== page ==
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Chadwick Boseman's Last Movie, 'Ma Rainey's Black Bottom,' Reviewed


There's a lot of Oscar buzz around Viola Davis as the blues-singing title character in "Ma Rainey's Black Bottom." But critic Bob Mondello says the film version of August Wilson's play is all but hijacked by Ma's trumpet player, and he's played by the late Chadwick Boseman.

BOB MONDELLO, BYLINE: In the play "Ma Rainey's Black Bottom," Ma doesn't show up until almost an hour in. It's a power move on her part. She likes folks to wait, but no way the movie's going to keep Viola Davis under wraps for that long. Director George C. Wolfe gives us a glimpse of her right at the start.


MAXAYN LEWIS: (As Ma Rainey, singing) My bell rang this morning, didn't know which way to go.

MONDELLO: A rural Georgia tent show, Ma dripping sequins and sweat, waving an ostrich feather fan as if that could ward off the heat she's generating. Everything about her glistens from coal-black eyeshadow to gold-capped teeth to vocals provided by Maxayn Lewis and the crowd in the palm of her hand.


LEWIS: (As Ma Rainey, singing) I had the blues so bad, I sat down on my floor.

MONDELLO: This is Ma's audience - Southern, Black, old-school. She knows what they like. The company she records for - it's in Chicago, white, on the lookout for the new.


JONNY COYNE: (As Mel Sturdyvant) I want you to get her in here, record those songs on that list and get her out just like clockwork.

JEREMY SHAMOS: (As Irvin) Like clockwork, Mel.

COYNE: (As Mel Sturdyvant) And that horn player, the one who gave me those songs - is he going to be here today? I want to hear more of that sound.

MONDELLO: That would be Levee, played by Chadwick Boseman with a hunger for fame that has Ma's three more experienced backup players rolling their eyes.


CHADWICK BOSEMAN: (As Levee) I ain't like you, Cutler. I got talent.

UNIDENTIFIED ACTORS: (As characters) Oh.

BOSEMAN: (As Levee) Me and this horn - we is tight. If my daddy had known I was going to turn out like this, he would have named me Gabriel.

UNIDENTIFIED ACTORS: (As characters) Oh.

BOSEMAN: (As Levee) I'm going to get me a band and make me some records. I got style.

GLYNN TURMAN: (As Toledo) Oh, everybody got style. Style ain't nothing but keeping the same idea from beginning to end. Everybody got it.

BOSEMAN: (As Levee) Everybody can't play like I do. Everybody can't have they own band.

MONDELLO: When August Wilson writes dialogue, there's always a musical cadence. In the rehearsal room, Levee's the soloist. The others lay down the bass, add grace notes.


COLMAN DOMINGO: (As Cutler) This is an accompaniment band. You play Ma's music when you here.

BOSEMAN: (As Levee) I got sense enough to know that. Hell, I can look at y'all and see what kind of band it is. I can look at Toledo and see what kind of band it is.

TURMAN: (As Toledo) Oh, Toledo ain't said nothing to you. Don't get Toledo started now.

MICHAEL POTTS: (As Slow Drag) Is you all going to rehearse the music, or ain't you?

MONDELLO: On stage, Wilson can keep this sort of thing going scene after glorious scene. For the screen, the banter is compressed and stripped to essentials while the visuals get ever so slightly opened up - glimpses of 1920s Chicago, Ma scowling at anyone who dares look her way, letting them know that she's not to be trifled with, especially when it comes to her songs. And Levee's got a new arrangement for one of those.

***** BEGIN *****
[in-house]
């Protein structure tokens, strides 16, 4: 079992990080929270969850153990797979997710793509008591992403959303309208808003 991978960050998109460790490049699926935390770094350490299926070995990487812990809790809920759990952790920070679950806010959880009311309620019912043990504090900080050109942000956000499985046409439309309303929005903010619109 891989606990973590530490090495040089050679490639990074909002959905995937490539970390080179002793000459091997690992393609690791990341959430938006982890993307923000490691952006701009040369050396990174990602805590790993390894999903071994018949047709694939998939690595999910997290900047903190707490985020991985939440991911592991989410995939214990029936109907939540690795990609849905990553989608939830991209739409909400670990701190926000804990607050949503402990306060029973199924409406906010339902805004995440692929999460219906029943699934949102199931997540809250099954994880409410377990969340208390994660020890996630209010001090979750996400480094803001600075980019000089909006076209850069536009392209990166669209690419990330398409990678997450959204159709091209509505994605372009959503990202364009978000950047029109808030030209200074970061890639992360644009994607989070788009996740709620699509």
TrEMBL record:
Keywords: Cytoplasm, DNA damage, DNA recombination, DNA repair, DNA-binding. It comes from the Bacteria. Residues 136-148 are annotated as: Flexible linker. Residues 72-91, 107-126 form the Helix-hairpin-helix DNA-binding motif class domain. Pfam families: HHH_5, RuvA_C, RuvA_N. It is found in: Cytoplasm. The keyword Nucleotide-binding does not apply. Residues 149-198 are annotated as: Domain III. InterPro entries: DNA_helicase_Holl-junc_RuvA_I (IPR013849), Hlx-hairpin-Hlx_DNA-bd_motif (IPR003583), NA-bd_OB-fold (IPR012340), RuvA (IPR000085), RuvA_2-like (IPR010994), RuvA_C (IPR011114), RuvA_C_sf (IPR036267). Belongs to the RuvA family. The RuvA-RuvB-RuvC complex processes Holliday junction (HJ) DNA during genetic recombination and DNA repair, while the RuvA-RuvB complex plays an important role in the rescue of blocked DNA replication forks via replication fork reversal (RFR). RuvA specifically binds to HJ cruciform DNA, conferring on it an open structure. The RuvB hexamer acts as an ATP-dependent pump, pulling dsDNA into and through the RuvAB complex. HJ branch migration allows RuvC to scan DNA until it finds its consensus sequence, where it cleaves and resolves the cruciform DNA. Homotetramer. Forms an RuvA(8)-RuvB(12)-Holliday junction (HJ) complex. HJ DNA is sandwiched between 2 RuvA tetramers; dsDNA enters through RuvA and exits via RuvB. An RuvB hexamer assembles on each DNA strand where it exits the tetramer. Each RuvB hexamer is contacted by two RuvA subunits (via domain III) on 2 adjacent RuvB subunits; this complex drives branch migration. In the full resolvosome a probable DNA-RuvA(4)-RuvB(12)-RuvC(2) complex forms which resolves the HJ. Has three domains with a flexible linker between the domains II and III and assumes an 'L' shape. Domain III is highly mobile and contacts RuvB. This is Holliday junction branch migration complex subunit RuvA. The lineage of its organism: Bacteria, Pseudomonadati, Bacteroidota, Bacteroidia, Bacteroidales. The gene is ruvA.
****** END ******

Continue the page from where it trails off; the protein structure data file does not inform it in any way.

VIOLA DAVIS: (As Ma Rainey) I know they ain't rehearsing Levee's "Black Bottom." I know I ain't hearing that.

SHAMOS: (As Irvin) Ma, that's what I wanted to talk to you about. Levee's version of that song - it really picks it up.

DAVIS: (As Ma Rainey) I know what he done to that song. I don't like to sing it that way. I'm doing it the old way.

SHAMOS: (As Irvin) That's what people want now, Ma. They want something they can dance to.

DAVIS: (As Ma Rainey) I don't care what you say, honey. Levee ain't messing up my song.

MONDELLO: Thick body padding helps make Viola Davis all but unrecognizable as Ma fumes and fulminates. Boseman, meanwhile, is practically swimming in Levee's suit, his body gaunt from the cancer that took him just months after filming finished. But his eyes flash, and his speeches burn. No character he's played has ever been more heartbreakingly alive, whether brimming with excitement or seething with rage.


BOSEMAN: (As Levee) 'Cause you don't know nothing about me. You don't know Levee. You don't know nothing about what kind of blood I got, what kind of a heart I got beating here.

MONDELLO: Boseman has two scorching soliloquies that would prompt tears even if they weren't agonizing reminders of what we've lost with his passing, and they're hardly the only riveting moments in "Ma Rainey's Black Bottom." Everybody gets one or two, and Ma has plenty - quieter, maybe, but no less telling.


DAVIS: (As Ma Rainey) They back there right now, calling me all kinds of names, calling me everything but a child of God. But they can't do nothing else because they ain't got what they wanted yet. Soon as they get my voice down on one of them recording machines, then it just like I be some whore. And they roll over and put their pants on. They ain't got no use for me then.

MONDELLO: August Wilson's tale of what it means to be a Black artist in a racist society is hardly new, but the telling of that tale has never been more artful or more urgently performed than it is in this incarnation of "Ma Rainey's Black Bottom." I'm Bob Mondello.


LEWIS: (As Ma Rainey, singing) I want to see that dance they call the black bottom. Transcript provided by NPR, Copyright NPR.

Bob Mondello, who jokes that he was a jinx at the beginning of his critical career — hired to write for every small paper that ever folded in Washington, just as it was about to collapse — saw that jinx broken in 1984 when he came to NPR.
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